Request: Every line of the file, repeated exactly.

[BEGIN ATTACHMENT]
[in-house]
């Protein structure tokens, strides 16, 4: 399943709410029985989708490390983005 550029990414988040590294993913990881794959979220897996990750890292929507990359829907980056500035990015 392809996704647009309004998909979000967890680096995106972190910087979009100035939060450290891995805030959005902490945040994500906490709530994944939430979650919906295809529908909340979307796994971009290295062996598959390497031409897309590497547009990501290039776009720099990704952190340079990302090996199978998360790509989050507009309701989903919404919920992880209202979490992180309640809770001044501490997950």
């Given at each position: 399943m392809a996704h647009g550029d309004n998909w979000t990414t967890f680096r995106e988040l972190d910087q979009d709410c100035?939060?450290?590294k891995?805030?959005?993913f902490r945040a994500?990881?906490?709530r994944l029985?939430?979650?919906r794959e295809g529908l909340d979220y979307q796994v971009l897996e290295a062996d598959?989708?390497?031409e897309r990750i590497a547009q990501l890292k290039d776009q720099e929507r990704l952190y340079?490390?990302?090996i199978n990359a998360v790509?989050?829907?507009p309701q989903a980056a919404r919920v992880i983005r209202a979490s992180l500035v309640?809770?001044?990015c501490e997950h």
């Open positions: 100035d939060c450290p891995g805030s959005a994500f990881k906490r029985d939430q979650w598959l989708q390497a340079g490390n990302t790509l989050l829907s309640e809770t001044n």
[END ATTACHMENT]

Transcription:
[in-house]
């Protein structure tokens, strides 16, 4: 399943709410029985989708490390983005 550029990414988040590294993913990881794959979220897996990750890292929507990359829907980056500035990015 392809996704647009309004998909979000967890680096995106972190910087979009100035939060450290891995805030959005902490945040994500906490709530994944939430979650919906295809529908909340979307796994971009290295062996598959390497031409897309590497547009990501290039776009720099990704952190340079990302090996199978998360790509989050507009309701989903919404919920992880209202979490992180309640809770001044501490997950």
């Given at each position: 399943m392809a996704h647009g550029d309004n998909w979000t990414t967890f680096r995106e988040l972190d910087q979009d709410c100035?939060?450290?590294k891995?805030?959005?993913f902490r945040a994500?990881?906490?709530r994944l029985?939430?979650?919906r794959e295809g529908l909340d979220y979307q796994v971009l897996e290295a062996d598959?989708?390497?031409e897309r990750i590497a547009q990501l890292k290039d776009q720099e929507r990704l952190y340079?490390?990302?090996i199978n990359a998360v790509?989050?829907?507009p309701q989903a980056a919404r919920v992880i983005r209202a979490s992180l500035v309640?809770?001044?990015c501490e997950h």
């Open positions: 100035d939060c450290p891995g805030s959005a994500f990881k906490r029985d939430q979650w598959l989708q390497a340079g490390n990302t790509l989050l829907s309640e809770t001044n």